Health Economics and Financing
RAND Health conducts a variety of studies on medical costs, insurance coverage, reimbursement models, and consumer health expenses—including proposed health care reforms. Our research identifies opportunities to control spending while improving health care access, efficiency, and outcomes.
From the RAND Blog
Expanding Medicaid under the Affordable Care Act (ACA) is both contentious and complicated. RAND mathematician Carter Price has been using the COMPARE model to help those making decisions understand what their choices mean for their budgets and population health.
Out-of-pocket spending on health care will decrease for both the newly insured as well as for those changing their source of insurance. These decreases will be largest for those who would otherwise be uninsured.
Latest Research and Publications
After a decade of experimentation with reforms that give health providers financial incentives to improve performance, relatively little is known about how to best execute such strategies or judge their success.
Compared to their peers, children with autism spectrum disorders have higher annual costs for health care appointments and prescriptions ($3,000 on average) and non-health care costs ($17,000 on average), such as special education at school. Previous analyses underestimated this economic burden, particularly for school systems.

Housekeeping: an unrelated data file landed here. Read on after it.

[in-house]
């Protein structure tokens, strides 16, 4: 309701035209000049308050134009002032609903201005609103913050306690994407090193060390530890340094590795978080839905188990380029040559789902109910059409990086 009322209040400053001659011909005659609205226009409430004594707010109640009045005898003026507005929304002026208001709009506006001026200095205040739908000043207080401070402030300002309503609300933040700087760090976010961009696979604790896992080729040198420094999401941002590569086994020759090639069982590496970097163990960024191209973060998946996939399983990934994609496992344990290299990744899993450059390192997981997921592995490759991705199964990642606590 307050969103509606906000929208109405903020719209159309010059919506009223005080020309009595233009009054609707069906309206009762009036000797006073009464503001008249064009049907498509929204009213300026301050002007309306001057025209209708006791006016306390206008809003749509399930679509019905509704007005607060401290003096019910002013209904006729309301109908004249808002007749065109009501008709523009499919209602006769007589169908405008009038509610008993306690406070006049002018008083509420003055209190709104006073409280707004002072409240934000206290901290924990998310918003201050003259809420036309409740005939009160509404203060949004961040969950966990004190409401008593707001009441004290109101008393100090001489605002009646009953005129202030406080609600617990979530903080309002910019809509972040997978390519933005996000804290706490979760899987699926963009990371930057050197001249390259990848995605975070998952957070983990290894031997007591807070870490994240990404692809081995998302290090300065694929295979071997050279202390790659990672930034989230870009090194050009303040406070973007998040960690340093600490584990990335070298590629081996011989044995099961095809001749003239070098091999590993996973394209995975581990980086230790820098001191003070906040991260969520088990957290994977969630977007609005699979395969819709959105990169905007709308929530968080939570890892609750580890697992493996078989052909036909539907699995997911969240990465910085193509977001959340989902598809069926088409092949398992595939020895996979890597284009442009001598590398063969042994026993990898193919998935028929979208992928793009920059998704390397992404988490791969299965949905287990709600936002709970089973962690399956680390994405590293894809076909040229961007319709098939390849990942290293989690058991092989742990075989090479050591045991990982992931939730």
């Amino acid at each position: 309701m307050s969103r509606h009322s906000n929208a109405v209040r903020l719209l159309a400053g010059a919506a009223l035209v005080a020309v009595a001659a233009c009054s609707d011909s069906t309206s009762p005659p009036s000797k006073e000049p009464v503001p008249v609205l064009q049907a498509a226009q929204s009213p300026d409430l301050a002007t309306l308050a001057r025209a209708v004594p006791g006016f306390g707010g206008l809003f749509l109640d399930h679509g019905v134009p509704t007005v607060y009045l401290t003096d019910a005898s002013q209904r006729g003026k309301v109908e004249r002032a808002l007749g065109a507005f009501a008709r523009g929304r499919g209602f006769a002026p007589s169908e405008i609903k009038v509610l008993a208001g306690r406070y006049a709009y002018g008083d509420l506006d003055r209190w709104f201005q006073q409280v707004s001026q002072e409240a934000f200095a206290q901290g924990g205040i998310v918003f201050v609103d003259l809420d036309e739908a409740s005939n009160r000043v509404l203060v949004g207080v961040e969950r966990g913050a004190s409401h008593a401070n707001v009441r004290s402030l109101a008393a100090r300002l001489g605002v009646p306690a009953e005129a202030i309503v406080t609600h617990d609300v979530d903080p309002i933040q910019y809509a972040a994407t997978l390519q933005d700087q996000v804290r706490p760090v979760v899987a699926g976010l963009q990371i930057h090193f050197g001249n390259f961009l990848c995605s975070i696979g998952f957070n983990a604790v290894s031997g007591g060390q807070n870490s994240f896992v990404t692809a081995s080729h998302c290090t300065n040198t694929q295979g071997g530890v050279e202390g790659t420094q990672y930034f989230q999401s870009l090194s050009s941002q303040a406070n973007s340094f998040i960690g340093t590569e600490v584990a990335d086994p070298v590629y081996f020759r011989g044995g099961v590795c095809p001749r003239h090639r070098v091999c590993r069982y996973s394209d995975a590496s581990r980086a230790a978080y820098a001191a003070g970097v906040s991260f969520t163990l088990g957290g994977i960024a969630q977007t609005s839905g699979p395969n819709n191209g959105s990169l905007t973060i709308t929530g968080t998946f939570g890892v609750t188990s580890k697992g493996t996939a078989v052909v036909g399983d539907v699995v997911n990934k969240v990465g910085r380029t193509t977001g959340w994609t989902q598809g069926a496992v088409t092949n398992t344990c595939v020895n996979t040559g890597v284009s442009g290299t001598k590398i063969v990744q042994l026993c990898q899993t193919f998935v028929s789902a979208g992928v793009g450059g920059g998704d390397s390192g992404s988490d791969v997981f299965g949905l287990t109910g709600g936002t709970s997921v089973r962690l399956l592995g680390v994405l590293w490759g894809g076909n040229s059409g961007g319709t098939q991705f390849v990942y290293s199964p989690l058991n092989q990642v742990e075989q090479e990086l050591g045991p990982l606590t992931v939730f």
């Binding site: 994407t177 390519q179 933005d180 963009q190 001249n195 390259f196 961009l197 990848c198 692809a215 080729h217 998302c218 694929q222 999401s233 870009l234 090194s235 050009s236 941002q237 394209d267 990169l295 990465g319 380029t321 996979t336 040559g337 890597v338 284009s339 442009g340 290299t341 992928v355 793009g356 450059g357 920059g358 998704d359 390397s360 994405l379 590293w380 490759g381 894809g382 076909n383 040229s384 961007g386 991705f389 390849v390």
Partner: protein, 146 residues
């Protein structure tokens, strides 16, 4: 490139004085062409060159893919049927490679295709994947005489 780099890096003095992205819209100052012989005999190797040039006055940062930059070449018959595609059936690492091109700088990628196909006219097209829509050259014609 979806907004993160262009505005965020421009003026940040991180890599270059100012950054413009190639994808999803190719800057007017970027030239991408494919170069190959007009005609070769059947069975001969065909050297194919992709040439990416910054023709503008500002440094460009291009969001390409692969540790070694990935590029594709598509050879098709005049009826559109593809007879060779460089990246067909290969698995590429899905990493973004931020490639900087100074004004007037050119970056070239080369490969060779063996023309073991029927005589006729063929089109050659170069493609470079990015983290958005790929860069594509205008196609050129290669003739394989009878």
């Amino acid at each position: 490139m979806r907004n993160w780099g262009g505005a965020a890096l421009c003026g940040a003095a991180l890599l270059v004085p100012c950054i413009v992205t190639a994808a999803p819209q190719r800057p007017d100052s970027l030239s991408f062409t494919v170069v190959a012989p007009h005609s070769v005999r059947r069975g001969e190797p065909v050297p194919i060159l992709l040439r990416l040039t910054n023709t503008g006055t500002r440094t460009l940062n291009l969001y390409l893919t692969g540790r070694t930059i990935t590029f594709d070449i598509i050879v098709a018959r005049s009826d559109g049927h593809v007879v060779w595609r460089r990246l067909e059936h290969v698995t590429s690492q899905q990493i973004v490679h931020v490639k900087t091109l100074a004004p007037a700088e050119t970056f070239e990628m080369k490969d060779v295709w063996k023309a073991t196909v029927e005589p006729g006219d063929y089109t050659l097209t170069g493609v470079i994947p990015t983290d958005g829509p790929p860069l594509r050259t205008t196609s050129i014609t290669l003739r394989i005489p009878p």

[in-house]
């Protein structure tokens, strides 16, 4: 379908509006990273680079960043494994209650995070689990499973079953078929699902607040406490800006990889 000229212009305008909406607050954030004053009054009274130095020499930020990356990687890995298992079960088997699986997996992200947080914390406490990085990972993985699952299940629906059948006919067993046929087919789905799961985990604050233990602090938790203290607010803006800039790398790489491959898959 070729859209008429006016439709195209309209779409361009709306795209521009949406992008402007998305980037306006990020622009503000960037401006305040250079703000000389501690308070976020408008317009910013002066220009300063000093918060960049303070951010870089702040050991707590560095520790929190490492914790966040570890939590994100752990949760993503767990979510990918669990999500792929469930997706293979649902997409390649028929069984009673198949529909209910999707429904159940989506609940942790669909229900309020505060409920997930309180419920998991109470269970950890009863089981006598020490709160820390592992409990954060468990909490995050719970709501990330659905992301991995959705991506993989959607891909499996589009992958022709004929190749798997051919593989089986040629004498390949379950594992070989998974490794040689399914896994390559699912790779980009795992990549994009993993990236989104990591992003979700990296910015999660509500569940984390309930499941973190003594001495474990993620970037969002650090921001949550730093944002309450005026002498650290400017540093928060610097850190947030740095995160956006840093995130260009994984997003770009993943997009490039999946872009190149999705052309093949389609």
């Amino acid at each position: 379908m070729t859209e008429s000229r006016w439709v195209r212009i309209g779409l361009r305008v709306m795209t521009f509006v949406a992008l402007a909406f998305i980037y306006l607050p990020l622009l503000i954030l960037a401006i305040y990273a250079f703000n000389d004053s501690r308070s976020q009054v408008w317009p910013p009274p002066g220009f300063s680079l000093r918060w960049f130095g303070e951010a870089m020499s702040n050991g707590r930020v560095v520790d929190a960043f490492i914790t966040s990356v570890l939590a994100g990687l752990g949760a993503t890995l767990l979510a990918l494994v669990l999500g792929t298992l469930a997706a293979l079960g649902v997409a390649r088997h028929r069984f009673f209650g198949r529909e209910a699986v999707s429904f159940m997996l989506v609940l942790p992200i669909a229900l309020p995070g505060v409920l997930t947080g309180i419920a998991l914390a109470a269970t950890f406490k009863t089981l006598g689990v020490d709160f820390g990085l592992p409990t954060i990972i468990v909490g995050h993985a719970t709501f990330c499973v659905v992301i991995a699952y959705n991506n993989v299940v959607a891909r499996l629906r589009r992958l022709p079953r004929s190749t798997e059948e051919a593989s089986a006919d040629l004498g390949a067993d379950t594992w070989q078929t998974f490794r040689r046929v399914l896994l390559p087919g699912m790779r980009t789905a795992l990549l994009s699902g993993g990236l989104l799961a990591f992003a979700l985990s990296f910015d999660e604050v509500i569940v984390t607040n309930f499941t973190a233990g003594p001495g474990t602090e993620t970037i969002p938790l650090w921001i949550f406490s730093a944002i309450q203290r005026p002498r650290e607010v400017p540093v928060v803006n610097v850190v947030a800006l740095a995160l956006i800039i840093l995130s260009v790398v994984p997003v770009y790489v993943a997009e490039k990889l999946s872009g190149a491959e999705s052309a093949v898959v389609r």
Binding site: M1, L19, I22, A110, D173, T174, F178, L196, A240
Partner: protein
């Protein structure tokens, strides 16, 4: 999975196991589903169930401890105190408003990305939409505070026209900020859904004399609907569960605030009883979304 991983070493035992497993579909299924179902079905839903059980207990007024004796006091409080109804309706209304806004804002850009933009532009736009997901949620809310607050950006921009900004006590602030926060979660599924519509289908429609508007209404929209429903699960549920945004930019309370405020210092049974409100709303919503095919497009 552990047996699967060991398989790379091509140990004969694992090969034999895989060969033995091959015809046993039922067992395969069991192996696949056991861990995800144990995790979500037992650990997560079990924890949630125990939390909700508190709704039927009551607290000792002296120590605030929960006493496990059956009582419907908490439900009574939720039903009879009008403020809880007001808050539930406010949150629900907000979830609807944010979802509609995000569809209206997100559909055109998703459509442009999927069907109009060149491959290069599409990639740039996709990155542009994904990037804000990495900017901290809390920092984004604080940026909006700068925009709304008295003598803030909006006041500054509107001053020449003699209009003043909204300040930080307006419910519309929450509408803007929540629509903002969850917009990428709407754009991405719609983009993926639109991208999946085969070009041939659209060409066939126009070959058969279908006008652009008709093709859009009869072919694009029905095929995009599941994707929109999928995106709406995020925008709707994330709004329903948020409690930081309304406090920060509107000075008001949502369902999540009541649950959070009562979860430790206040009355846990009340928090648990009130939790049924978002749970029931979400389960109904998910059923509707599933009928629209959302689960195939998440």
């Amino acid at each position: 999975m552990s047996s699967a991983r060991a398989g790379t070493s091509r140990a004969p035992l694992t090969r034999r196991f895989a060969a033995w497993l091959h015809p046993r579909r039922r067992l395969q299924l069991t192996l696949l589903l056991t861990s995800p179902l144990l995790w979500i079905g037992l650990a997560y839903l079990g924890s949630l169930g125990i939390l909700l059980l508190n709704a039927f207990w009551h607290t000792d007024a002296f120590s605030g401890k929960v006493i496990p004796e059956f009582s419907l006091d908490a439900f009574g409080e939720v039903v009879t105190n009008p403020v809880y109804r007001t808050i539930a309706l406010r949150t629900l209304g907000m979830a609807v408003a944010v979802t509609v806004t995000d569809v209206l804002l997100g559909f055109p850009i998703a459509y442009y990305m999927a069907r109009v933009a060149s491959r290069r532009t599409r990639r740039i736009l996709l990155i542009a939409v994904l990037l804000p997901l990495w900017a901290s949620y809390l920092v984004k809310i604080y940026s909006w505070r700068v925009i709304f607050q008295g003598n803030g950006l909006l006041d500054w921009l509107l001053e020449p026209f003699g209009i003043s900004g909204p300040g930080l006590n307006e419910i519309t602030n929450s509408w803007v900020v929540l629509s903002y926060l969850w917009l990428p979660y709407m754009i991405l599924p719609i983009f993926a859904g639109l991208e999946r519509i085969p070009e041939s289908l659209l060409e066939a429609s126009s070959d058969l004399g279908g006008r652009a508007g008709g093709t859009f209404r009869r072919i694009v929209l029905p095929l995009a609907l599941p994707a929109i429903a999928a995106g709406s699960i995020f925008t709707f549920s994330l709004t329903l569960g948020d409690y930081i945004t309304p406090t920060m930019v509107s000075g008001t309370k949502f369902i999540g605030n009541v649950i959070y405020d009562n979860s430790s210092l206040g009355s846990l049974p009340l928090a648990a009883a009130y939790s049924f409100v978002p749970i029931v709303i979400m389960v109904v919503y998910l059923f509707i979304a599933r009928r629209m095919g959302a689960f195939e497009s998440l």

For most lower-income people who obtain coverage as a result of the Affordable Care Act, health care spending will fall. But spending by some newly insured higher-income people will increase because they will be now paying insurance premiums.
Research in Progress
Studies related to the effects of new practice models on the professional satisfaction and labor supply of health care providers
Research that simulates various dimensions of ACA implementation, projecting their effects on costs and coverage
Last updated: August 2013